Martin Hewitt (actor)
|Born||February 19, 1958|
San Jose, California, U.S.
|Height||5 ft 9 in (175 cm)|
Early life and education
Martin Hewitt was born on February 19, 1958 in San Jose, California. He is the second oldest of six children to Peter and Heather Hewitt. Peter Hewitt is a retired owner of a medical-equipment manufacturing firm. Hewitt's early years were spent in California, England, Belgium, and Michigan.
Hewitt attended Claremont High School. Hewitt first acted at age 14 in a school production of The King and I. He studied business at a community college before switching to theater. After receiving an AA degree in Theater Arts, Hewitt studied at the American Academy of Dramatic Arts, in Pasadena, California.
While enrolled at the American Academy of Dramatic Arts in Pasadena, CA and working as bartender and valet car park/parking lot attendant, Hewitt saw an ad for an open call for a film directed by Franco Zeffirelli and beat out 5,000 actors, including Tom Cruise and Timothy Hutton, for the male lead. Hewitt had originally envisioned a Shakespearean career, but suddenly he was starring opposite Brooke Shields in Franco Zeffirelli's Endless Love, a 1981 forbidden teen romance film. According to Hewitt, "Some people actually wrote that I was discovered in a parking lot."
"Of course, my head swelled up like crazy," he says. "Franco, who is very paternal, fed my ego so that I would be very confident." Hewitt spoke highly of his co-star, Brooke Shields. "She treated me like a friend," he says. During filming in New York City, she invited Hewitt to spend the weekend at her house in New Jersey, where they played board games.
Hewitt garnered mostly neutral reviews for his portrayal of David Axelrod. Variety commented that "Since he’s center stage most of the time, it’s fortunate that newcomer Martin Hewitt registers so strongly. Zeffirelli has dressed and photographed his find almost in the style of some of his mentor Luchino Visconti’s neo-realist heroes, with two-day beard growths and anachronistic Clark Gable undershirts." Janet Maslin of The New York Times wrote that Hewitt "has neither the resources nor the opportunity to convey much about how David's mind works, even though this is what the story hinges on." Nevertheless, Hewitt said, "I don't care what anyone says; I am proud of that film."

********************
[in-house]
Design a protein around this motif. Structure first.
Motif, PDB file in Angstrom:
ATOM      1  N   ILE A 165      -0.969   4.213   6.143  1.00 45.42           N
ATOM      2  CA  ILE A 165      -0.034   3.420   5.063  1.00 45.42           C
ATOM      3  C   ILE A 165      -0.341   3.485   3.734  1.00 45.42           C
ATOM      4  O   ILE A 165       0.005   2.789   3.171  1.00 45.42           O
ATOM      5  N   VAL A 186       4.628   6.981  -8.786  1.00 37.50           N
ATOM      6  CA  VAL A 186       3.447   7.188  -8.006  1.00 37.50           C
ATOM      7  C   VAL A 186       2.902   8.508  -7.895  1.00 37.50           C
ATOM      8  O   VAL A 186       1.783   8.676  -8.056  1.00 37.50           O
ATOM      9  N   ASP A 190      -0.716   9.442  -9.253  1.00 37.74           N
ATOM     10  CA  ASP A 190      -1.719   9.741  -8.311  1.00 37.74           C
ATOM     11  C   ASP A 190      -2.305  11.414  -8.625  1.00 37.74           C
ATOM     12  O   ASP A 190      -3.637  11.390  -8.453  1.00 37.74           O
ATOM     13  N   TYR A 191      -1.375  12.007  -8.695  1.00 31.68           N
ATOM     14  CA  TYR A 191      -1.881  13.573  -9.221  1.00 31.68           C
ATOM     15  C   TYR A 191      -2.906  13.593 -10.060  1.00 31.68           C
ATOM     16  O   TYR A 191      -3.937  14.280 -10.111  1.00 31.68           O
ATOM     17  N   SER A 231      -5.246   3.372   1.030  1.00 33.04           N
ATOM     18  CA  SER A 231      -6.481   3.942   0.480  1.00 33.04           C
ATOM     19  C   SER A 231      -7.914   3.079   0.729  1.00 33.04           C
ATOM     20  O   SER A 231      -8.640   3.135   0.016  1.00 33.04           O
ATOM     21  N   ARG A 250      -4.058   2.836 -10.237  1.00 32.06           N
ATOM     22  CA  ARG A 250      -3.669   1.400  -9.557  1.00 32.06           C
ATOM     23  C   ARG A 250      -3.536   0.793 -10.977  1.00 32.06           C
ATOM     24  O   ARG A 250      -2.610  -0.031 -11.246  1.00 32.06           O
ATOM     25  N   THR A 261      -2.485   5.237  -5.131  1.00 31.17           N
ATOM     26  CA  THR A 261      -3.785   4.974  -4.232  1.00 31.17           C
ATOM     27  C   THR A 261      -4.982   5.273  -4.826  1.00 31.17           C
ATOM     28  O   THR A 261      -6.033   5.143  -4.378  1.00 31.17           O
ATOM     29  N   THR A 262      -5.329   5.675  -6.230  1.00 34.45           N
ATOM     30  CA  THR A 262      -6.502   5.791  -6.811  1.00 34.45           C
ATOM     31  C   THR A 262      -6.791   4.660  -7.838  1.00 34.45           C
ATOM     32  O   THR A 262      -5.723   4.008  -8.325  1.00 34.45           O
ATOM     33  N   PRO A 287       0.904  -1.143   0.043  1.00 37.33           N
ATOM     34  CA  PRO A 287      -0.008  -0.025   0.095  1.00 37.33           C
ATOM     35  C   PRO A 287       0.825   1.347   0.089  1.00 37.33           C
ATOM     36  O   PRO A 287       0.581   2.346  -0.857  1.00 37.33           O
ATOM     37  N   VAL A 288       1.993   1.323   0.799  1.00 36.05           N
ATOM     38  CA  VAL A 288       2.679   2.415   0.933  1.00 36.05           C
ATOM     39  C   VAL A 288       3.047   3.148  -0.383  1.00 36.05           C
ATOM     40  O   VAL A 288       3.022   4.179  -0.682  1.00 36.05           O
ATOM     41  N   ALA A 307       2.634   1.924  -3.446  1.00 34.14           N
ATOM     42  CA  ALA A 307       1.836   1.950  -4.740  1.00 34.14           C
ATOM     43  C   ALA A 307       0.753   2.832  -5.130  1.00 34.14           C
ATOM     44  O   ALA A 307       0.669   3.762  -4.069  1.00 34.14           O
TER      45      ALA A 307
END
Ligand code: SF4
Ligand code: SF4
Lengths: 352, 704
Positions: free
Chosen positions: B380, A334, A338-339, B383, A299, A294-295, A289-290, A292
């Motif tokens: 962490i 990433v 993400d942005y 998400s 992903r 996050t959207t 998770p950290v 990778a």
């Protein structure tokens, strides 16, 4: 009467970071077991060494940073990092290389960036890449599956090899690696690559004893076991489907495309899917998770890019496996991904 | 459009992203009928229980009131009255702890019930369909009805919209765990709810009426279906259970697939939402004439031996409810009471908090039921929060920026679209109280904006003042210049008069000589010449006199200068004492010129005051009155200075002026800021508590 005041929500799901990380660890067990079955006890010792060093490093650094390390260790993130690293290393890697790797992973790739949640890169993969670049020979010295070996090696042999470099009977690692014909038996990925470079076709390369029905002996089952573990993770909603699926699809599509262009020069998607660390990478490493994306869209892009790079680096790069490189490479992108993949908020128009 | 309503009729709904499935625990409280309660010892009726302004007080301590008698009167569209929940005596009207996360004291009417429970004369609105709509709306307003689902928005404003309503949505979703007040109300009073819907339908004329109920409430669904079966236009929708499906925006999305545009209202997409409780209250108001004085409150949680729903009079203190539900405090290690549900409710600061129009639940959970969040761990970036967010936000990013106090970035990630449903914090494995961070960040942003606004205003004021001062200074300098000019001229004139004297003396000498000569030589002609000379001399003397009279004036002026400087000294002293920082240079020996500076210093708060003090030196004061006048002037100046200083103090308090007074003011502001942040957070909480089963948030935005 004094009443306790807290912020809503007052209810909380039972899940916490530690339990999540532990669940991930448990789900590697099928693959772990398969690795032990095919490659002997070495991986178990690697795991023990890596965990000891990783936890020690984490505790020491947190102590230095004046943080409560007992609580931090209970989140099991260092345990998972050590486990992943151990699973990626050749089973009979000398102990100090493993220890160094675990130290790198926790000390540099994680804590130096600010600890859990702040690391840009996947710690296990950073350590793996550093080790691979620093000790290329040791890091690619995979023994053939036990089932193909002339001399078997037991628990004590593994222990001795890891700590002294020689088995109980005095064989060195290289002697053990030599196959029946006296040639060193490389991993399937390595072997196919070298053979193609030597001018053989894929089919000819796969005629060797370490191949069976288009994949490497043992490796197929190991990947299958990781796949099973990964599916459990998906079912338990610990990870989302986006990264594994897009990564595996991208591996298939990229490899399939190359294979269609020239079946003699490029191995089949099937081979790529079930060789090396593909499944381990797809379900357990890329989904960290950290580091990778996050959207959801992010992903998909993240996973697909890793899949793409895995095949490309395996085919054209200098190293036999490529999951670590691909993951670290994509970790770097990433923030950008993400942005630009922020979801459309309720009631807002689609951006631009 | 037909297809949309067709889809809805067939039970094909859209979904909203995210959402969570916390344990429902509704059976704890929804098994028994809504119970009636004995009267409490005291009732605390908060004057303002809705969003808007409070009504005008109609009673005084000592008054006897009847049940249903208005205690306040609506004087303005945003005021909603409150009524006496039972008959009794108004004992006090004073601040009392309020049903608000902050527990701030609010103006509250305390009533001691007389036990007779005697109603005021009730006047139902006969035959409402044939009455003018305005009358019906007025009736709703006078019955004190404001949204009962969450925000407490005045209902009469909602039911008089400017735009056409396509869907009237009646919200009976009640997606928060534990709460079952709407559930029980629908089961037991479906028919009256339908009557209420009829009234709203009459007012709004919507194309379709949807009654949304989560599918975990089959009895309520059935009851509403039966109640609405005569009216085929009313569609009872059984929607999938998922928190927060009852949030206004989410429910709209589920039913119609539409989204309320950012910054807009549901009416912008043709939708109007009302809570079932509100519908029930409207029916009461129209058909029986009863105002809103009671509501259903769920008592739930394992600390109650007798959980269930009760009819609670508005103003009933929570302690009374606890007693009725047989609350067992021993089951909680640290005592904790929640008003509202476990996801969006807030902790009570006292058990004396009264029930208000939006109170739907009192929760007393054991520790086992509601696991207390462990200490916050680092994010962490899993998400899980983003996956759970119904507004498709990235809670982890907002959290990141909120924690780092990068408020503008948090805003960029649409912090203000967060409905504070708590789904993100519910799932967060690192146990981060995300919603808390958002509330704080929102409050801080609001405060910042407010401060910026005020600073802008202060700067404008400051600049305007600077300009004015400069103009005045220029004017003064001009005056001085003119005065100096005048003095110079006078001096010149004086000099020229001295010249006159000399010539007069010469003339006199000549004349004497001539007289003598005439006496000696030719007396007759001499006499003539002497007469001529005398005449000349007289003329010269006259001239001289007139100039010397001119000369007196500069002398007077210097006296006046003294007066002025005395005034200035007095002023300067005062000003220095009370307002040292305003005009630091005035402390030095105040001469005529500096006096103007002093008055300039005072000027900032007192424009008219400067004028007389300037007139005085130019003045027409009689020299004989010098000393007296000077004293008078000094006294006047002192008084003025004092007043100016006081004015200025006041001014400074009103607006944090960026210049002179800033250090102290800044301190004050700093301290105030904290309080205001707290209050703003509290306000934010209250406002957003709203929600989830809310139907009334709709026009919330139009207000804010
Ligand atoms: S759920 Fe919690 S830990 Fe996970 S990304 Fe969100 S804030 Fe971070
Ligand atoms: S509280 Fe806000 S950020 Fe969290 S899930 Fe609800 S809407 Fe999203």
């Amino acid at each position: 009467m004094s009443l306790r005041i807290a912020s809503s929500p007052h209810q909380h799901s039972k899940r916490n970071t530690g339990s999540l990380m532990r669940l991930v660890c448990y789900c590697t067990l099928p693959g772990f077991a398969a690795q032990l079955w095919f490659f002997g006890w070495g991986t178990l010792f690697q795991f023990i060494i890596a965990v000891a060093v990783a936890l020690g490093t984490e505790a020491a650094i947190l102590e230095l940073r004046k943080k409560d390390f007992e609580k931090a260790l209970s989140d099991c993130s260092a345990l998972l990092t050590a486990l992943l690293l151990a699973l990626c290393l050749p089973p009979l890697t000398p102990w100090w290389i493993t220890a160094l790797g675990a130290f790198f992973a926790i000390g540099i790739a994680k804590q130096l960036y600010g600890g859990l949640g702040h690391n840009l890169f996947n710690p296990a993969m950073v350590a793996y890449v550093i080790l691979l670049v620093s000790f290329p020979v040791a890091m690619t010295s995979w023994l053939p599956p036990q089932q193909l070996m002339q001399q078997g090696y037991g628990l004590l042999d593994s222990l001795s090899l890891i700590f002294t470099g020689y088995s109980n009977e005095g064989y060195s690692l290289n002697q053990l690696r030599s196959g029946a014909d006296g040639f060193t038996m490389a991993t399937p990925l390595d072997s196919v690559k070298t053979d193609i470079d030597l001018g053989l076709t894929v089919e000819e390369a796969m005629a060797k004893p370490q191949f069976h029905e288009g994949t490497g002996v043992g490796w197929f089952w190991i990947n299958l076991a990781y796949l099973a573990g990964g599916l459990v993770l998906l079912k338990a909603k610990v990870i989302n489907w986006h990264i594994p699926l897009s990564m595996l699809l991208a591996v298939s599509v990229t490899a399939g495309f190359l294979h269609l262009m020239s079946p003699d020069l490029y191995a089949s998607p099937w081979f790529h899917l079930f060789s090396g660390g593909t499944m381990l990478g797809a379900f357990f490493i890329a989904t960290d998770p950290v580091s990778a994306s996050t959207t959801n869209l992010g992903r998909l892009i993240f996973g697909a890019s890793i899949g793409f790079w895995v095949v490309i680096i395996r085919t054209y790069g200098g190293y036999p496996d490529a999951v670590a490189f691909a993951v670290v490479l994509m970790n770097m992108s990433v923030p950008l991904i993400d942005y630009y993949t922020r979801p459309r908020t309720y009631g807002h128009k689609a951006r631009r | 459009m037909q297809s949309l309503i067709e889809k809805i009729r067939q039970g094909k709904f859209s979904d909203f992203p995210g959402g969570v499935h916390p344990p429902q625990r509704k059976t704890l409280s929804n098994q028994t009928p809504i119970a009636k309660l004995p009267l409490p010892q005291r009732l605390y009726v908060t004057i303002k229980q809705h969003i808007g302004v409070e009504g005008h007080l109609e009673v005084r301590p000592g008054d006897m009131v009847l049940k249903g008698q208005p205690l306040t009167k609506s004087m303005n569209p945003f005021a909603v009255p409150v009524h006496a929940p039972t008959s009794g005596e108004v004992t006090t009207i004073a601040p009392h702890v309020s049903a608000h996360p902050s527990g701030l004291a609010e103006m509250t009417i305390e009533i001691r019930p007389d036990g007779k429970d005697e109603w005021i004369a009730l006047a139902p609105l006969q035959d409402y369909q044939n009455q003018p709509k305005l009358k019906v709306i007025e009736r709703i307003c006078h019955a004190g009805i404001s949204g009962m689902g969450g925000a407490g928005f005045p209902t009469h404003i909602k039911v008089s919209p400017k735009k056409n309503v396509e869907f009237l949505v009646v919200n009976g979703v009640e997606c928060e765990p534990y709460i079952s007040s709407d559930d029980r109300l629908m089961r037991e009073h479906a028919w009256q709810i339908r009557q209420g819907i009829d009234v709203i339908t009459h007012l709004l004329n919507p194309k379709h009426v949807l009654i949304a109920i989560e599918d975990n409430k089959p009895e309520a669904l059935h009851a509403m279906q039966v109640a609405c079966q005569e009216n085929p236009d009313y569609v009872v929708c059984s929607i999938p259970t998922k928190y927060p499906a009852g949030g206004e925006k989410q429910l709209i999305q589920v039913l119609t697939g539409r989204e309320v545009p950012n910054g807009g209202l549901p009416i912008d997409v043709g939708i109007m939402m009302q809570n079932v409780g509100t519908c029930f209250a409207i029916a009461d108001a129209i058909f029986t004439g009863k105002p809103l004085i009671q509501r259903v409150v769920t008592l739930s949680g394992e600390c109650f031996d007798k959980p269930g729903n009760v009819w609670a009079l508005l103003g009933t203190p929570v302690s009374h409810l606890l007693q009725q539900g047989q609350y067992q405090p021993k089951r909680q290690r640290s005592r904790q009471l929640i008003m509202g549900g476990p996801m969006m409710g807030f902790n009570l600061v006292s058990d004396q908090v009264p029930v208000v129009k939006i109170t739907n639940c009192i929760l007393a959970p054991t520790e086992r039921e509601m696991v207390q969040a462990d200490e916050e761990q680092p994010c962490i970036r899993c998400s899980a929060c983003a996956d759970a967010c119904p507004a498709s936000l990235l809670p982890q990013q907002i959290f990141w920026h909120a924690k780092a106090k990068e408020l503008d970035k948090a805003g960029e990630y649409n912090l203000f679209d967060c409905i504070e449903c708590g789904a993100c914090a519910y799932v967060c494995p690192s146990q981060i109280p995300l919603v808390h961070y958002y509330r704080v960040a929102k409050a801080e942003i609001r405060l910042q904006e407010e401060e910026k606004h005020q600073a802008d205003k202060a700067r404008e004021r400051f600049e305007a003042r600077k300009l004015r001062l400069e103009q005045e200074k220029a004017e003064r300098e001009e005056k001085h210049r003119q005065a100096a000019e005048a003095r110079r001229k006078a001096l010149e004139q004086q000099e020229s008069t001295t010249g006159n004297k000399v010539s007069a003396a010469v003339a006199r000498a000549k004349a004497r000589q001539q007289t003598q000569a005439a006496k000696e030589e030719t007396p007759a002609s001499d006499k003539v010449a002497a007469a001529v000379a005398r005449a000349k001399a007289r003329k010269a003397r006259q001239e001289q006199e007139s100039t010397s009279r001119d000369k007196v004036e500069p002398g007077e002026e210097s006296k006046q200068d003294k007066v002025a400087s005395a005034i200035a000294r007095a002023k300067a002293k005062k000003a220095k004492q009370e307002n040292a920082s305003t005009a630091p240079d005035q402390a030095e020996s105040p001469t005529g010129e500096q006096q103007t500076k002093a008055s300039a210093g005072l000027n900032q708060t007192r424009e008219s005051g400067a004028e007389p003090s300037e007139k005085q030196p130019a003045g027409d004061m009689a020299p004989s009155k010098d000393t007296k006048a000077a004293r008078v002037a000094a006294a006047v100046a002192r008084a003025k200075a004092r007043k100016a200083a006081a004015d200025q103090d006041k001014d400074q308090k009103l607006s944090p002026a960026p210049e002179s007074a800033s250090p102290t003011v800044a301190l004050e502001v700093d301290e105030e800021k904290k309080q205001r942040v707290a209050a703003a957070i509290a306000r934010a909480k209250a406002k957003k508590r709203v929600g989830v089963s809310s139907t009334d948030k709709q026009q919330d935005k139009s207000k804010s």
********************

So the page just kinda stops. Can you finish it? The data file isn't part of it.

Later acting career
"I started at the top. My first professional acting role was in a starring role in a Universal Studios film," he said. "I didn't even get the chance to get my feet wet. So after that film, it was sort of a downward path."
After appearing in his second film, Yellowbeard (1983), in which he portrayed the son of Graham Chapman's character, Hewitt spent the 1980s shooting forgettable B movies and doing the occasional TV guest spot. Of the films he appeared in during the '80s included: April Fool, later to be titled Killer Party (1986); The Falling (1987); and Two Moon Junction (1988). In the latter film, he portrayed Chad, the fiance of Sherilyn Fenn's character. Hewitt previously worked with Fenn in Out Of Control (1985). Hewitt had also done straight-to-video flicks including Crime Lords (1991), Carnal Crimes (1991) and Night Rhythms (1992). He eventually left show business.
Life after acting
Branching out into home inspection to help pay the bills, he opened his own company in 1993. "Any time my agent would call and say, 'We want you to read for this,' " he says, "I'd go, 'Man, I've got an inspection.'"As of 2015, Hewitt still owns his home inspection service in San Luis Obispo, California.